The recommended dosage of dabigatran will depend on your age and whether you're taking other medication for other health conditions. Dabigatran isn't recommended for people with severely reduced kidney function.

Bleeding and indigestion are the most common side effects of dabigatran.

Read the National Institute for Health and Care Excellence (NICE) guidance about dabigatran for the treatment and secondary prevention of deep vein thrombosis and pulmonary embolism (PDF, 255kb).


Rivaroxaban is another medication that can be used to treat and prevent DVT and pulmonary embolism in adults.

The recommended dosage of rivaroxaban will depend on whether it's being used to treat pulmonary embolism for the first time or a recurrence of the problem. How long treatment lasts will depend on a person's bleeding risk and other clinical criteria.

Side effects of rivaroxaban can be varied and may include anaemia, dizziness, headache, fainting, rapid heartbeat (tachycardia), low blood pressure, diarrhoea, constipation and swelling, particularly of the ankles and feet (oedema).

Read the NICE guidance about rivaroxaban for treating pulmonary embolism and preventing recurrent venous thromboembolism (PDF, 233kb).


Apixaban is another anticoagulant that's recently been approved by NICE to treat and prevent DVT or pulmonary embolism.

It's taken orally (in tablet form) twice a day for the first seven days. The dosage is then halved and taken twice a day for at least three months.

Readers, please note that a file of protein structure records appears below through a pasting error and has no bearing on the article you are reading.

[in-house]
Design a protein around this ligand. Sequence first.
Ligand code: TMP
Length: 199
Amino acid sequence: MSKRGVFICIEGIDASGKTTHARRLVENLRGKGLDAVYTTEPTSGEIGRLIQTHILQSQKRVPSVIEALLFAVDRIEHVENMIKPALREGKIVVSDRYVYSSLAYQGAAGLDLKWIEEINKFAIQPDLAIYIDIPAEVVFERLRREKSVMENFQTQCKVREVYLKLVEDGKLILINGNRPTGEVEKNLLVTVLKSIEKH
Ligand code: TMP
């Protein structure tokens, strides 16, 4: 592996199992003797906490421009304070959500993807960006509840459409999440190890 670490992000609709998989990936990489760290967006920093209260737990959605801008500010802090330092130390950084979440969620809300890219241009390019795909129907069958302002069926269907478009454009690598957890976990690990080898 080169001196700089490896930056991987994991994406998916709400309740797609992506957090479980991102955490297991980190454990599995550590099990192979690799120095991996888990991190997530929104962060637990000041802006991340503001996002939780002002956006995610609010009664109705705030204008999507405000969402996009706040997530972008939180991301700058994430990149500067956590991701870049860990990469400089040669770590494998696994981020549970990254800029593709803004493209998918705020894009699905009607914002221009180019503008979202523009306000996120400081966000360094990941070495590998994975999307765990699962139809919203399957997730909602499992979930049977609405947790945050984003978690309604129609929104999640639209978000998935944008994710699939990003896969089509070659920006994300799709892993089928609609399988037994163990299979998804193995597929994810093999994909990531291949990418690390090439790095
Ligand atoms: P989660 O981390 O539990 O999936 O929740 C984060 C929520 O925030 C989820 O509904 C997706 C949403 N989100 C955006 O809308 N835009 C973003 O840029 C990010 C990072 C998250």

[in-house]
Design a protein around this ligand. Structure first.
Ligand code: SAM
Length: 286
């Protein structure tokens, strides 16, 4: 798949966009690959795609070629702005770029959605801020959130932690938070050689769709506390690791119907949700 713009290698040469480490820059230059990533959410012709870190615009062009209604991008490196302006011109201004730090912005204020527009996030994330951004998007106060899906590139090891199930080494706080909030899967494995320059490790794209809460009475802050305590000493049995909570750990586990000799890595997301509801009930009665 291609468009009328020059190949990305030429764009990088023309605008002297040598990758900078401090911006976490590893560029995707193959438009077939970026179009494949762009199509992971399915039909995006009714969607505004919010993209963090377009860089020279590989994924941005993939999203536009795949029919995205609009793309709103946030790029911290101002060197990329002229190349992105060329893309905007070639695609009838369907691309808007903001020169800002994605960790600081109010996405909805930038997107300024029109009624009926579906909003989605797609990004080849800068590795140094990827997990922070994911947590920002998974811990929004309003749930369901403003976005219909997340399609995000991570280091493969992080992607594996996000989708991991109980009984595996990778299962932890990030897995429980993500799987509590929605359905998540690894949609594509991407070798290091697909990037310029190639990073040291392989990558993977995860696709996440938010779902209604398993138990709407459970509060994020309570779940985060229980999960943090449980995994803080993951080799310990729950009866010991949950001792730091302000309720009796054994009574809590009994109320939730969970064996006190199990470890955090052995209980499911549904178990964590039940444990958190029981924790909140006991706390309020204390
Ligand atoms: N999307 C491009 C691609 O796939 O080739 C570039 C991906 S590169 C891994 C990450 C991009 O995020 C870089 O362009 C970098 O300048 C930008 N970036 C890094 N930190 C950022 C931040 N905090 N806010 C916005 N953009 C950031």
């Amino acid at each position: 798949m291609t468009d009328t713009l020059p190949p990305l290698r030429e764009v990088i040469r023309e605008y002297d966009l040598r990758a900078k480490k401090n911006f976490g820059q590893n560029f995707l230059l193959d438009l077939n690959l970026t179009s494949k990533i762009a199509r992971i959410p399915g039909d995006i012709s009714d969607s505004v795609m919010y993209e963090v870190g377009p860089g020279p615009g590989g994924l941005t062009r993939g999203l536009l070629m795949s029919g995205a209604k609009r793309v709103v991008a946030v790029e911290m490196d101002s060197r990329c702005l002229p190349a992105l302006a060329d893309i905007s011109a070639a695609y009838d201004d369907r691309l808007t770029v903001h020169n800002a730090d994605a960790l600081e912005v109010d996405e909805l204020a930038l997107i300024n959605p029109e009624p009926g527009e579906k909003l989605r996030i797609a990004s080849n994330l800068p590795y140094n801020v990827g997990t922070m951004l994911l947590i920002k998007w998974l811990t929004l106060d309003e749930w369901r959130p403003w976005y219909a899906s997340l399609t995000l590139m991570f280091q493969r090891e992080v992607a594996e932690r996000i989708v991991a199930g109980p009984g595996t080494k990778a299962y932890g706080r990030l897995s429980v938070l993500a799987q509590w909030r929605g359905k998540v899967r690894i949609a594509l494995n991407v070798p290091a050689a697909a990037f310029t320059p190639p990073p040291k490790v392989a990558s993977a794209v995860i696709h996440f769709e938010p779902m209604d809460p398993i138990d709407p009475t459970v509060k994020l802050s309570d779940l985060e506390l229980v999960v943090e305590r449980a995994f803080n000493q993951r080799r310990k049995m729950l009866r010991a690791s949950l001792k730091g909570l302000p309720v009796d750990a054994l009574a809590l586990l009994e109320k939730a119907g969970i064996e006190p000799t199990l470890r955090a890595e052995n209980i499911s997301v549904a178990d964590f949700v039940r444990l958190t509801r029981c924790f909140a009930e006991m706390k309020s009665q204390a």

The most common side effects of apixaban are bleeding, bruising, nausea and anaemia. It's also recommended that apixaban should be used with caution in people with severe kidney problems.

You can read more about apixaban for the treatment and secondary prevention of deep vein thrombosis and pulmonary embolism (PDF, 228kb).

Special considerations

If you're pregnant, you'll be given regular heparin injections instead of warfarin tablets for the full length of your pregnancy. This is recommended because taking warfarin tablets while you're pregnant could harm your baby.

If you have cancer, you'll usually be given heparin injections instead of warfarin tablets for six months or until the cancer is cured. Evidence suggests that regular injections are more effective than warfarin tablets in these cases.

Removing the blockage

In more severe cases of pulmonary embolism, treatment may be needed to remove the blockage. This is often achieved using injections of a type of medication called a thrombolytic, such as alteplase, which breaks up the blood clot.

A newer procedure may also be used called ultrasound-enhanced, catheter-directed thrombolysis. It involves using high-frequency, low-energy ultrasound waves in combination with thrombolytic medication to dissolve the blood clot. The procedure usually lasts for 12-24 hours and you'll be continuously monitored throughout the duration of the treatment.

Read NICE guidelines on ultrasound-enhanced, catheter-directed thrombolysis for pulmonary embolism (PDF, 136kb)

Occasionally, a surgical procedure called an embolectomy may be used to treat a pulmonary embolism. This is where a surgeon makes a cut in the pulmonary artery and the blockage is sucked out. However, this is a major operation so it's usually only recommended in particularly severe cases or if other treatments are unsuitable.